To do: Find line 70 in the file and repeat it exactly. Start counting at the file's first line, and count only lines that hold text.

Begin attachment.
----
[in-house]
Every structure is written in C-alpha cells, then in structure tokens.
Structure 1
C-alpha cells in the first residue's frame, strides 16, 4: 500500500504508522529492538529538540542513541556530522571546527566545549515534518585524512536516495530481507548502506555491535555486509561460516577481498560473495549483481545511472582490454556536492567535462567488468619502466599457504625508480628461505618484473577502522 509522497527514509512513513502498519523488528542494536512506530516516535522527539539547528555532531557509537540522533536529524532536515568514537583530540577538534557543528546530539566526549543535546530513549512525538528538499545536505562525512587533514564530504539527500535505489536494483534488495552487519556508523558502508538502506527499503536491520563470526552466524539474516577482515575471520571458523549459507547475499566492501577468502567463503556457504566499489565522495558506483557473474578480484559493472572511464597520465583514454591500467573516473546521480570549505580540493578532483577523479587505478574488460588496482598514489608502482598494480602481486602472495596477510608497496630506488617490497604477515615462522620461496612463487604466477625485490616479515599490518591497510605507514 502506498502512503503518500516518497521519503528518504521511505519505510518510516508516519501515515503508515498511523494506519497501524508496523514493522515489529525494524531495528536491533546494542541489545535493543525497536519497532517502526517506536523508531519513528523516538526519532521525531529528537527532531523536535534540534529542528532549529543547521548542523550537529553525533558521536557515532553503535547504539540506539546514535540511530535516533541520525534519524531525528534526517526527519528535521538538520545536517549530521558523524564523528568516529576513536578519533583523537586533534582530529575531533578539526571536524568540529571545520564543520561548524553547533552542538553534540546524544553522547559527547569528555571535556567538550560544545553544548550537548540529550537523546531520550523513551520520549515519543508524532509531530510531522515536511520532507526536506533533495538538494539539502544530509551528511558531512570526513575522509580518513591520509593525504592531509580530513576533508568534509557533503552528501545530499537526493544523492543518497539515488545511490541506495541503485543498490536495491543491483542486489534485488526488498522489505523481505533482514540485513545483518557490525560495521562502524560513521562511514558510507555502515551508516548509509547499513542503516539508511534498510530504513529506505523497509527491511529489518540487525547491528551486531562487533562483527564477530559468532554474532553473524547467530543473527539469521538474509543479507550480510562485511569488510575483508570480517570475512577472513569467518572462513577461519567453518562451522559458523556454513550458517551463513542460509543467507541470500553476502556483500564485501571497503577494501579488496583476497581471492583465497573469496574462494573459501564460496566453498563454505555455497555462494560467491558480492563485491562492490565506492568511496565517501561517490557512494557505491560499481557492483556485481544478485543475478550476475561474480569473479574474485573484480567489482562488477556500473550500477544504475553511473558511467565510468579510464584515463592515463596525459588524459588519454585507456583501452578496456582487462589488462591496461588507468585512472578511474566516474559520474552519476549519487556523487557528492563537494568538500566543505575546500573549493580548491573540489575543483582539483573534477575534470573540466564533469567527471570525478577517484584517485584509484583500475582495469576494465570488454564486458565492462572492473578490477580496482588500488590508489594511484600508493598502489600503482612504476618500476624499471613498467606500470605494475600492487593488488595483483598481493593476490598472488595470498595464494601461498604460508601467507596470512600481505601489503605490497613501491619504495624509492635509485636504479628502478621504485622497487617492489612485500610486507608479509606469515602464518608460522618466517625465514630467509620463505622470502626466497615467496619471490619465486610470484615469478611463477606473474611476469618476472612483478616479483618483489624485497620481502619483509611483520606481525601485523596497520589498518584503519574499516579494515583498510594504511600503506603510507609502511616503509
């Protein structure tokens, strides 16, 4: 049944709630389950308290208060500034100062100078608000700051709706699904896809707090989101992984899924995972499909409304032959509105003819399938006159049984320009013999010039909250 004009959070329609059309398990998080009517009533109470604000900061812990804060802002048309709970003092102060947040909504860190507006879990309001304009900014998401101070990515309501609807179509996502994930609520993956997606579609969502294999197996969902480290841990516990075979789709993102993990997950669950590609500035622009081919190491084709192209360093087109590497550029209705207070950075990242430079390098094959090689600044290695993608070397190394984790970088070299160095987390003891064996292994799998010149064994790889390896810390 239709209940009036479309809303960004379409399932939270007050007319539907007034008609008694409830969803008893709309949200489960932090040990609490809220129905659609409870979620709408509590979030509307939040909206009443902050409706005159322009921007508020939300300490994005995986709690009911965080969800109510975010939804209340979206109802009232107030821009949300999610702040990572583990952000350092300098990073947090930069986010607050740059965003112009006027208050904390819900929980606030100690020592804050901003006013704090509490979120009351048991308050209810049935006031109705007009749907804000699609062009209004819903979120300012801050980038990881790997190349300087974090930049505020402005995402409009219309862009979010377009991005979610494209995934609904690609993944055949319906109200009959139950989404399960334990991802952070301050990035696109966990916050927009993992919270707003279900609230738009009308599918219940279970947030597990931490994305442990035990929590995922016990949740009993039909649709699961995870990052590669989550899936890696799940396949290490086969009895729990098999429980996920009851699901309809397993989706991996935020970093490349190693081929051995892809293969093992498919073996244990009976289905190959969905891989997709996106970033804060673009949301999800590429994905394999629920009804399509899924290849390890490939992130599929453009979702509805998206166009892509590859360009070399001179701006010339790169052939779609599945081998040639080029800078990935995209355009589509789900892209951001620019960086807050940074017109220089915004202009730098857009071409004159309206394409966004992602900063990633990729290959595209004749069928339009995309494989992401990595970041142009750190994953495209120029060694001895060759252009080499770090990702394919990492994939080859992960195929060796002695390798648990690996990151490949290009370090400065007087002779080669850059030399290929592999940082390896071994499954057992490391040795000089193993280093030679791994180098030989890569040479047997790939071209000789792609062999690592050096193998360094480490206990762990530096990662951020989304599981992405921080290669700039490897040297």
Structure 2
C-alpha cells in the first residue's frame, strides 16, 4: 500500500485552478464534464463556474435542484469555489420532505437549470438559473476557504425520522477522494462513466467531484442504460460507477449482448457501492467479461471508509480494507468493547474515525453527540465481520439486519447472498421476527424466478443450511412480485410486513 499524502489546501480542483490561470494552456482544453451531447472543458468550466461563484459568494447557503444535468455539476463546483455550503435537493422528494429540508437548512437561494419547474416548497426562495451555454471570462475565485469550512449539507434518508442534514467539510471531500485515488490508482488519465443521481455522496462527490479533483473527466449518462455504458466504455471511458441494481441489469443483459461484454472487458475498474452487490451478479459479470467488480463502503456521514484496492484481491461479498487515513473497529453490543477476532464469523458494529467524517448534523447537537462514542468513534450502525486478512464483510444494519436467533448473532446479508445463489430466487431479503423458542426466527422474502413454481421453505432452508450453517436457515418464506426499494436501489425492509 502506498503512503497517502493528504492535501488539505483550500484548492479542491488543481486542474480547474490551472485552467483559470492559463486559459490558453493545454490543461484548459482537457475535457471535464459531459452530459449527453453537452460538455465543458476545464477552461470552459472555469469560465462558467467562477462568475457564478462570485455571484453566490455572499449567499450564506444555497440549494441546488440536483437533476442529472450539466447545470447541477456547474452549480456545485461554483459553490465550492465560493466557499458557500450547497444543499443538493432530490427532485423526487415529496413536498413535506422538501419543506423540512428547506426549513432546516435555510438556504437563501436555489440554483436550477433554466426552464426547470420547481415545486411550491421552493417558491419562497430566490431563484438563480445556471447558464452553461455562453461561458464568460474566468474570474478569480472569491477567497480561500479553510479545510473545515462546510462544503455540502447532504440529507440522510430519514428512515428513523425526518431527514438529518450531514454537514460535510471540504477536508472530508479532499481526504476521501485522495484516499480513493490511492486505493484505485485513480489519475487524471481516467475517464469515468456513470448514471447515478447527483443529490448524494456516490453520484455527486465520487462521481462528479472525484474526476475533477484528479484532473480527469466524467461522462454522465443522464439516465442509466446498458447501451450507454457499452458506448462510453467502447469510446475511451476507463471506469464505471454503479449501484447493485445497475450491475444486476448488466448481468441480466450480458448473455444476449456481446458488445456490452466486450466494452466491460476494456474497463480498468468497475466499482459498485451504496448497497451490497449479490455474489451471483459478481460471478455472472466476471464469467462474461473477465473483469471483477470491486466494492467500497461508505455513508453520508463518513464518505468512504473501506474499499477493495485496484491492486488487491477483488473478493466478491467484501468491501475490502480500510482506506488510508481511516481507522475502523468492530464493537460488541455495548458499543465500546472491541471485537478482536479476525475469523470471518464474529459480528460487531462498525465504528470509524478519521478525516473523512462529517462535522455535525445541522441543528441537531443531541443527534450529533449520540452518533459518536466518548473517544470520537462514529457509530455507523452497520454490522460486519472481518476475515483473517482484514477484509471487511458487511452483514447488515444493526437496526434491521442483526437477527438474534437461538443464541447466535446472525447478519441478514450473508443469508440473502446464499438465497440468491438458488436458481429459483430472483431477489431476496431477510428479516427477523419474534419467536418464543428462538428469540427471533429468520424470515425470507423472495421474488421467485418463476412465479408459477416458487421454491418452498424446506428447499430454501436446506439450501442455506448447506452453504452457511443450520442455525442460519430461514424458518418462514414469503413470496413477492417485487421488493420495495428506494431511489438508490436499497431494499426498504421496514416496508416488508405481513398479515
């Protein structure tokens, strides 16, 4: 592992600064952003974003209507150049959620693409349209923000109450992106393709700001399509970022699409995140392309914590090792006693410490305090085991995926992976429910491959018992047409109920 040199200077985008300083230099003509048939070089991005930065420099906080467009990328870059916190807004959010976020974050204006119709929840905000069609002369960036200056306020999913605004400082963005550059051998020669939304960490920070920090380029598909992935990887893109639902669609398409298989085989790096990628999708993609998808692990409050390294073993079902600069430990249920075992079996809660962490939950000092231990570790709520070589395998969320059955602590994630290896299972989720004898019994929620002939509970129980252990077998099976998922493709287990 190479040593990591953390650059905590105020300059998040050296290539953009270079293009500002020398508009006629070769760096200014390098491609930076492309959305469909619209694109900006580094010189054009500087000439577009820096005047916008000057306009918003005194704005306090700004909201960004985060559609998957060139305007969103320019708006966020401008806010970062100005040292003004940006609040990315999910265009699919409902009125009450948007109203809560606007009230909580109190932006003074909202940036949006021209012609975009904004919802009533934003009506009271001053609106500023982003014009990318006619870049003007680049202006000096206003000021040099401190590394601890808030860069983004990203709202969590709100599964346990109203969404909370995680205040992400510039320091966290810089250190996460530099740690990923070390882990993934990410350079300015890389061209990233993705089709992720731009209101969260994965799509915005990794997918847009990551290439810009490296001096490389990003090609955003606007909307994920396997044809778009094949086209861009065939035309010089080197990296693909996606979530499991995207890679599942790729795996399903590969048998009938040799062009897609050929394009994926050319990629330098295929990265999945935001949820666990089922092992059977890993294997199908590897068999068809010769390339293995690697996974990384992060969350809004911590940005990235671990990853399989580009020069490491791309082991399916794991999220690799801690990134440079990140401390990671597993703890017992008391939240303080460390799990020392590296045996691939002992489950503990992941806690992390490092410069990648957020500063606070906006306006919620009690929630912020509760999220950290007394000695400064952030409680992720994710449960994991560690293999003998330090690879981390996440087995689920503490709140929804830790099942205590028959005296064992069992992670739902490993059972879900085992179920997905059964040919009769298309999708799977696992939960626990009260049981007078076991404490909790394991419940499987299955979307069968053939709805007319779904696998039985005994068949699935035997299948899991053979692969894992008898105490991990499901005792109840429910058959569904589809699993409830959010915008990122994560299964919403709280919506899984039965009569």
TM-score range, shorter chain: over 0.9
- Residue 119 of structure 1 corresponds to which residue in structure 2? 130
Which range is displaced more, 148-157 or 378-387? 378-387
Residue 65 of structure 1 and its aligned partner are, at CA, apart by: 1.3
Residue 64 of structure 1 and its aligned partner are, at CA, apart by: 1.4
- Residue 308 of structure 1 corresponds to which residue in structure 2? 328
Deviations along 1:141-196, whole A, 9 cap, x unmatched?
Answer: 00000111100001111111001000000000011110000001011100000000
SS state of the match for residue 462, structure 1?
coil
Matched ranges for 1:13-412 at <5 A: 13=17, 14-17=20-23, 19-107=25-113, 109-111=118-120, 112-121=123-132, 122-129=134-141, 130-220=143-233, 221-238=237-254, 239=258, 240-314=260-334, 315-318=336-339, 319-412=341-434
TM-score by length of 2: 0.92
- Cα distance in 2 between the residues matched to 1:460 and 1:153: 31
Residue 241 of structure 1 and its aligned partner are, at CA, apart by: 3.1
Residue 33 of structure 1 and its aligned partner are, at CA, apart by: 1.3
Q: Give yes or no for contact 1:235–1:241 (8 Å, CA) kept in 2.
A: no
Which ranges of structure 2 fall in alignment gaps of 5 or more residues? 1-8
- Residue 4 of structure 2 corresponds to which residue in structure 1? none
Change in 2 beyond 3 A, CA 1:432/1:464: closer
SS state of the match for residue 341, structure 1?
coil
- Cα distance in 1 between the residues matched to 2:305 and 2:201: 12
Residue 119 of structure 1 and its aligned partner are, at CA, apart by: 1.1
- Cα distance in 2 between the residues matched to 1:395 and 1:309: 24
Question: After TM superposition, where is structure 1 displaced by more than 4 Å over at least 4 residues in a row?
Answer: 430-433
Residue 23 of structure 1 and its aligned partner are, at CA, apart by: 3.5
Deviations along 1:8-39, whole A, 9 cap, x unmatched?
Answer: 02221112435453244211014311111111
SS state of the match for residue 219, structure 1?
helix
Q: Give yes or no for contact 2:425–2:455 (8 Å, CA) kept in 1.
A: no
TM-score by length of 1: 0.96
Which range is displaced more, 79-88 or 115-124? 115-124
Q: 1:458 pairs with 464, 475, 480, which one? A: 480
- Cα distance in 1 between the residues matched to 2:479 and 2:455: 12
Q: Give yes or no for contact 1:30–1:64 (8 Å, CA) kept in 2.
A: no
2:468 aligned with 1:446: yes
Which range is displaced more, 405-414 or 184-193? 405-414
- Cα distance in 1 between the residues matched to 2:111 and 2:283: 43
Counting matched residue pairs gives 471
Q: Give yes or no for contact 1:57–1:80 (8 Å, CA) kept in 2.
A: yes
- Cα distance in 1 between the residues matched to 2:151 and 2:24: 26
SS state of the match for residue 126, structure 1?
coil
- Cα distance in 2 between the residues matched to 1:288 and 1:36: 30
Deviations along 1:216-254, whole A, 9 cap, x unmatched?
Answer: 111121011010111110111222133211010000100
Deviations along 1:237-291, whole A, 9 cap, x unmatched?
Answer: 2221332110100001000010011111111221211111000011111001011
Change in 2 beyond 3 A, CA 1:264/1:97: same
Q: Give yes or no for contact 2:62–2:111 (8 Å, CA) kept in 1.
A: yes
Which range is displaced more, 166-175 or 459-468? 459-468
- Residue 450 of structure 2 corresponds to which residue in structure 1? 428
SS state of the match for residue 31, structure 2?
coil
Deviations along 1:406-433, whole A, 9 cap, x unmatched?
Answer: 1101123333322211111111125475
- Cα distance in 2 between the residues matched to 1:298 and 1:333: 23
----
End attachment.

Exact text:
Deviations along 1:406-433, whole A, 9 cap, x unmatched?